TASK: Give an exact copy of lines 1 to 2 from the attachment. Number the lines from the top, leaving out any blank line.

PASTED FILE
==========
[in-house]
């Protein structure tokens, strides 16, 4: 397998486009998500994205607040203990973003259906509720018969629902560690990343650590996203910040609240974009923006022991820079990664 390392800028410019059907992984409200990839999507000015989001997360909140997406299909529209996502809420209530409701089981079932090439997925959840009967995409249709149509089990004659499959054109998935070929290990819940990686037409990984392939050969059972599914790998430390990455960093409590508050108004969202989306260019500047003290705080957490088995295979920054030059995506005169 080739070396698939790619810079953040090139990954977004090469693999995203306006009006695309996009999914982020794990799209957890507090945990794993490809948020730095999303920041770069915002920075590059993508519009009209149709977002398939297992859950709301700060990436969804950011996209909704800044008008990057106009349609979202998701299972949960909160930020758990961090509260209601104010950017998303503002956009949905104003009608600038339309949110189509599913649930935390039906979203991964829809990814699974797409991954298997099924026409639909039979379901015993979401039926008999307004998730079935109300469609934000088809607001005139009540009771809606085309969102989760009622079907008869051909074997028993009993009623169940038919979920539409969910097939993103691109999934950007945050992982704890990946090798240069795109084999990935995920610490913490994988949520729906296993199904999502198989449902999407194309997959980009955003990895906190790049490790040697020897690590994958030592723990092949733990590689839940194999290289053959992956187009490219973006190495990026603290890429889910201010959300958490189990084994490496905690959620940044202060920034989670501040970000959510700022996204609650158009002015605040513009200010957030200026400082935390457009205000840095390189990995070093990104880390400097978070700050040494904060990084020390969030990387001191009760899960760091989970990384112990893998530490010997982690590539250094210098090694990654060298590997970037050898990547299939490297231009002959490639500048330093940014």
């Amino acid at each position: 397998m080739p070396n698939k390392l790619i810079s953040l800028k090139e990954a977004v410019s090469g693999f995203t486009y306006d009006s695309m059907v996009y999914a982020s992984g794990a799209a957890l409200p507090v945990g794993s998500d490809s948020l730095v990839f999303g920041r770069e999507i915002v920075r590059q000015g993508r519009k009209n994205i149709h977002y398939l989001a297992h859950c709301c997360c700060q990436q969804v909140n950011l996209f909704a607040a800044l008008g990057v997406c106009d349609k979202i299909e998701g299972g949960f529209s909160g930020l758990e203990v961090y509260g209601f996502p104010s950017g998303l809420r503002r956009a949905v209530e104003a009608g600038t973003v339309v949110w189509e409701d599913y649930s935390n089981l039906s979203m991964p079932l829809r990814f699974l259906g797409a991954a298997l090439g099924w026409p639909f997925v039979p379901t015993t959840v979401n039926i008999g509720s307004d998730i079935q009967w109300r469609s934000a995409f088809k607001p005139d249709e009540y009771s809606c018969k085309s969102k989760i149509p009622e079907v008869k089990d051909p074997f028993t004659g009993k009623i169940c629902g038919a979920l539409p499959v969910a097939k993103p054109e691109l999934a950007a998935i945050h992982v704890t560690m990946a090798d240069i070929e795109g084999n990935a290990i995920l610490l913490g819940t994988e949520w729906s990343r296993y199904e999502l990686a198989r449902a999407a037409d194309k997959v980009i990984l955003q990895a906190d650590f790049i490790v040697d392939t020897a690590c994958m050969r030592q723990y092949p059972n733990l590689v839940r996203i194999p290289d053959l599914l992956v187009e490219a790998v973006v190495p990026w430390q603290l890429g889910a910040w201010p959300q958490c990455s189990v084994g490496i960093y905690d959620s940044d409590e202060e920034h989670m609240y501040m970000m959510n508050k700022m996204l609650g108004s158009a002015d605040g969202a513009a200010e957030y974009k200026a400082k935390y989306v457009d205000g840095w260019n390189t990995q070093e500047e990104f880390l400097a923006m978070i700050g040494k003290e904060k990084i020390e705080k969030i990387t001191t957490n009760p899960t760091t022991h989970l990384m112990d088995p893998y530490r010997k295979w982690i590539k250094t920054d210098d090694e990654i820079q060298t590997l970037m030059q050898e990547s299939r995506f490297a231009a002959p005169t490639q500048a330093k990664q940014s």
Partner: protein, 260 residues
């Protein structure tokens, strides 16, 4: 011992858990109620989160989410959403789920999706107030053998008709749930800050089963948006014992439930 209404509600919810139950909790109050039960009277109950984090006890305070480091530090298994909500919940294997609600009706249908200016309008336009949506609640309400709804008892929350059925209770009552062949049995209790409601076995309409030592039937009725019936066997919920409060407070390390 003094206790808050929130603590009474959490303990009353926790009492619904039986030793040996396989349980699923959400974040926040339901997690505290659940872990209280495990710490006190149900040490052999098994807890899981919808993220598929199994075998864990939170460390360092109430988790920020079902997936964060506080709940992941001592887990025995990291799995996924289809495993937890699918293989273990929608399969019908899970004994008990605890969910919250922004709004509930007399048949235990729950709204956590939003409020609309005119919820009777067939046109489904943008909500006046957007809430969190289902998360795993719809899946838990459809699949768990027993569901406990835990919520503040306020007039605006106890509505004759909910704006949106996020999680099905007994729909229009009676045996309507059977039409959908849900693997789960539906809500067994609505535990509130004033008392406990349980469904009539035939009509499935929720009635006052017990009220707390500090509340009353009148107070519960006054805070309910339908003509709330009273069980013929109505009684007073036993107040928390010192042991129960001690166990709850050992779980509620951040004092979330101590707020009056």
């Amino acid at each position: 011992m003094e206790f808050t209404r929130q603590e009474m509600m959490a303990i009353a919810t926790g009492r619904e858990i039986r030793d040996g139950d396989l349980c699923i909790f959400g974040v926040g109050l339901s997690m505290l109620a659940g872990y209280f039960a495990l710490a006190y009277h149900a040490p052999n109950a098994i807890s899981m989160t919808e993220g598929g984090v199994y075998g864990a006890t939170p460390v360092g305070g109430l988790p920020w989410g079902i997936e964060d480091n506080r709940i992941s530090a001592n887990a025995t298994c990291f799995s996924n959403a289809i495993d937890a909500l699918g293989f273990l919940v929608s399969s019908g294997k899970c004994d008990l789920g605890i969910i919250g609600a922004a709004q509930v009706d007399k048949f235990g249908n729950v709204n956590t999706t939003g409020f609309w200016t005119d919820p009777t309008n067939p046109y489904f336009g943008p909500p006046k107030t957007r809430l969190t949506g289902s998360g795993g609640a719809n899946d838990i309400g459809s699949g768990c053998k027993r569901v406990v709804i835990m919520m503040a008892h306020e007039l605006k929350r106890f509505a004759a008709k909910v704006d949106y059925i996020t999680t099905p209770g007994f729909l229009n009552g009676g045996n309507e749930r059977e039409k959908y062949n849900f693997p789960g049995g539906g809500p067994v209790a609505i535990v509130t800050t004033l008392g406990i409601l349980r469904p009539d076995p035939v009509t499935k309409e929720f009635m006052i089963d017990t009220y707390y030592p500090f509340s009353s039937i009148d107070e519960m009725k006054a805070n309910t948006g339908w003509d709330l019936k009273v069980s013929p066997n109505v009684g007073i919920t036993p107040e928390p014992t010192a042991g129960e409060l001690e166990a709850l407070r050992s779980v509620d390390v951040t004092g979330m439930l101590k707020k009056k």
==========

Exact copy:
[in-house]
């Protein structure tokens, strides 16, 4: 397998486009998500994205607040203990973003259906509720018969629902560690990343650590996203910040609240974009923006022991820079990664 390392800028410019059907992984409200990839999507000015989001997360909140997406299909529209996502809420209530409701089981079932090439997925959840009967995409249709149509089990004659499959054109998935070929290990819940990686037409990984392939050969059972599914790998430390990455960093409590508050108004969202989306260019500047003290705080957490088995295979920054030059995506005169 080739070396698939790619810079953040090139990954977004090469693999995203306006009006695309996009999914982020794990799209957890507090945990794993490809948020730095999303920041770069915002920075590059993508519009009209149709977002398939297992859950709301700060990436969804950011996209909704800044008008990057106009349609979202998701299972949960909160930020758990961090509260209601104010950017998303503002956009949905104003009608600038339309949110189509599913649930935390039906979203991964829809990814699974797409991954298997099924026409639909039979379901015993979401039926008999307004998730079935109300469609934000088809607001005139009540009771809606085309969102989760009622079907008869051909074997028993009993009623169940038919979920539409969910097939993103691109999934950007945050992982704890990946090798240069795109084999990935995920610490913490994988949520729906296993199904999502198989449902999407194309997959980009955003990895906190790049490790040697020897690590994958030592723990092949733990590689839940194999290289053959992956187009490219973006190495990026603290890429889910201010959300958490189990084994490496905690959620940044202060920034989670501040970000959510700022996204609650158009002015605040513009200010957030200026400082935390457009205000840095390189990995070093990104880390400097978070700050040494904060990084020390969030990387001191009760899960760091989970990384112990893998530490010997982690590539250094210098090694990654060298590997970037050898990547299939490297231009002959490639500048330093940014």